Filling a methodological gap of tuberculosis modelling: accurately capturing the duration of active disease

Project: Research

Project Description

Tuberculosis (TB) is the world’s leading infectious cause of death. Although effective treatments and vaccines have been available for many decades, progress in TB control has been hampered by the relatively poor epidemiological understanding of TB. The very slow dynamics of the disease make traditional field investigations and trials very difficult to implement, which explains the popularity of mathematical modelling in current TB epidemiology and control.
TB modelling is hampered by extensive uncertainty regarding the most fundamental characteristics of the disease. A particularly important example is the duration of active disease. TB models are often parameterised based on the WHO’s broad indication that disease duration ranges between zero and two years in notified individuals and between one and four years in non-notified individuals. Despite such uncertainty, there has been no attempt to calibrate TB models using patient data on disease duration.
In this project, I will provide a detailed characterisation of the time from disease onset to outcome (cure or death) in individuals with active TB and assess the ability of past and current TB models to capture this duration accurately. The time to reaching the outcome of a disease episode depends on the natural history of TB and on the time to detection when individuals are detected.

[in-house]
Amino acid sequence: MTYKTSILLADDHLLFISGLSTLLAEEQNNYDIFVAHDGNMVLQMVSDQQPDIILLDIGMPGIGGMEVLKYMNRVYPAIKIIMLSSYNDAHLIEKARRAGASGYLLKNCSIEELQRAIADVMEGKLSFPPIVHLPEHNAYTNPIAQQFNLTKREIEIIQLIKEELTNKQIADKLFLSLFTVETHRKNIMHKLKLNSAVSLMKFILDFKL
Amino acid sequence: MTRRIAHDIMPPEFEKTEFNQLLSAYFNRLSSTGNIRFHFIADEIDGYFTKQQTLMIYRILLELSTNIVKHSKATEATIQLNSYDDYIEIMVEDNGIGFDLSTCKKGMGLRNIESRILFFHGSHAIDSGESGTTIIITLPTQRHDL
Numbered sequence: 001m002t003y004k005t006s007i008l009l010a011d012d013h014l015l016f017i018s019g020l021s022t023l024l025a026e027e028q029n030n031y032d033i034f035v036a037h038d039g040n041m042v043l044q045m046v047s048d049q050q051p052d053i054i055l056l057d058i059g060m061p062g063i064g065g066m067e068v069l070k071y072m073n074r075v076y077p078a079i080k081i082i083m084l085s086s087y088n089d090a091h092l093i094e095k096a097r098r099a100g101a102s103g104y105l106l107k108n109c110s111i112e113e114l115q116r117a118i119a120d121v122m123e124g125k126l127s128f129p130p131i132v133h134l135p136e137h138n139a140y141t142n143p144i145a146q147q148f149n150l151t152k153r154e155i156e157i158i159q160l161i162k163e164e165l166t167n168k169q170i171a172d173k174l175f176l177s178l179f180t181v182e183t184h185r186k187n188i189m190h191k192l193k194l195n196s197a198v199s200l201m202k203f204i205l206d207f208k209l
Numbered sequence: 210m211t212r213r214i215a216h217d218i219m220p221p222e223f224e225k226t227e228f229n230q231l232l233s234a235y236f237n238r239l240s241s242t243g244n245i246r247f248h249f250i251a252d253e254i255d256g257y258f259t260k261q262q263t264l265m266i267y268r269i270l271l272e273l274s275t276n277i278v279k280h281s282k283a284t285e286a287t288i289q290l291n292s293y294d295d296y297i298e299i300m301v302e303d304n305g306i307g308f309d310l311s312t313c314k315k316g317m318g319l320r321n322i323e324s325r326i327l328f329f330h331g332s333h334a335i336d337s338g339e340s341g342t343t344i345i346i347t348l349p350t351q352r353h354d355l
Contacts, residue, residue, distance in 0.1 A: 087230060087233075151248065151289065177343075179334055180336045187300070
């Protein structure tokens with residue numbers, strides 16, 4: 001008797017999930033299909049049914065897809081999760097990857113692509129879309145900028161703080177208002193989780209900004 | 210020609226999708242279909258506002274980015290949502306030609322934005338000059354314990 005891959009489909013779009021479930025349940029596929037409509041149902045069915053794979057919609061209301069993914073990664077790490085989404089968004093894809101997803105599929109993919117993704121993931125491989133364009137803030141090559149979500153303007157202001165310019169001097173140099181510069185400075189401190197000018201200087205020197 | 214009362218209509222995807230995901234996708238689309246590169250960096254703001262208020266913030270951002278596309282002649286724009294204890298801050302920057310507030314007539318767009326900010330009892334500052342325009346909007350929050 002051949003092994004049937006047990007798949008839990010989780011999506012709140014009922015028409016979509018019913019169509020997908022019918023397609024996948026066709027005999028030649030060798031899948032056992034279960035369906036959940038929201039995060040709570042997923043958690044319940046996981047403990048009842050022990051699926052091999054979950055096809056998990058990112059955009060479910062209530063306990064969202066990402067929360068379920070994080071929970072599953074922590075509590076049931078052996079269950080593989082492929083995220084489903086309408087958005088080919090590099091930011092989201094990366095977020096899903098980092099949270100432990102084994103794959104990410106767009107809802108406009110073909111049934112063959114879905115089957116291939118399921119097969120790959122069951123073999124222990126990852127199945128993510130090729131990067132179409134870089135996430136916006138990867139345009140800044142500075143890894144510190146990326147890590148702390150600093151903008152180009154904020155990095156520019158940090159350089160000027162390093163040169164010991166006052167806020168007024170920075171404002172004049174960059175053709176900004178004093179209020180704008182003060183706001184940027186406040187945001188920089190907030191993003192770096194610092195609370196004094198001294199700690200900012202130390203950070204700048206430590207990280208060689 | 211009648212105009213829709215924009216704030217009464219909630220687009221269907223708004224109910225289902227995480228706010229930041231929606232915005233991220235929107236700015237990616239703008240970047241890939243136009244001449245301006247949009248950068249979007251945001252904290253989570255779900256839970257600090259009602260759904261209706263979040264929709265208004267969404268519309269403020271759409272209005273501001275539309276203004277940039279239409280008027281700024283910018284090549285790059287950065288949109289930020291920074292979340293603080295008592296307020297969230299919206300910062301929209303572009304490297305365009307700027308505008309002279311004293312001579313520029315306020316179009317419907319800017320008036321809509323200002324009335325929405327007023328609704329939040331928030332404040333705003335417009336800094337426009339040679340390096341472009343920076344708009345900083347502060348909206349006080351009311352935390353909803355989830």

An investigation of TB natural history will provide a detailed characterisation of the time to TB-related death or spontaneous recovery. This exercise will be based on published data from the pre-chemotherapy era. Next, data collected during a recent TB randomised controlled trial will be used to profile the time to detection in individuals with TB.
Finally, the collated data on TB natural history and time to detection will be used to assess the ability of compartmental models identified from literature review to replicate the empirically observed dynamics of TB.
Short titleAppropriate modelling of active tuberculosis disease
StatusActive
Effective start/end date17/12/1816/12/19

Funding

  • National Health & Medical Research Council (NHMRC): AUD75,000.00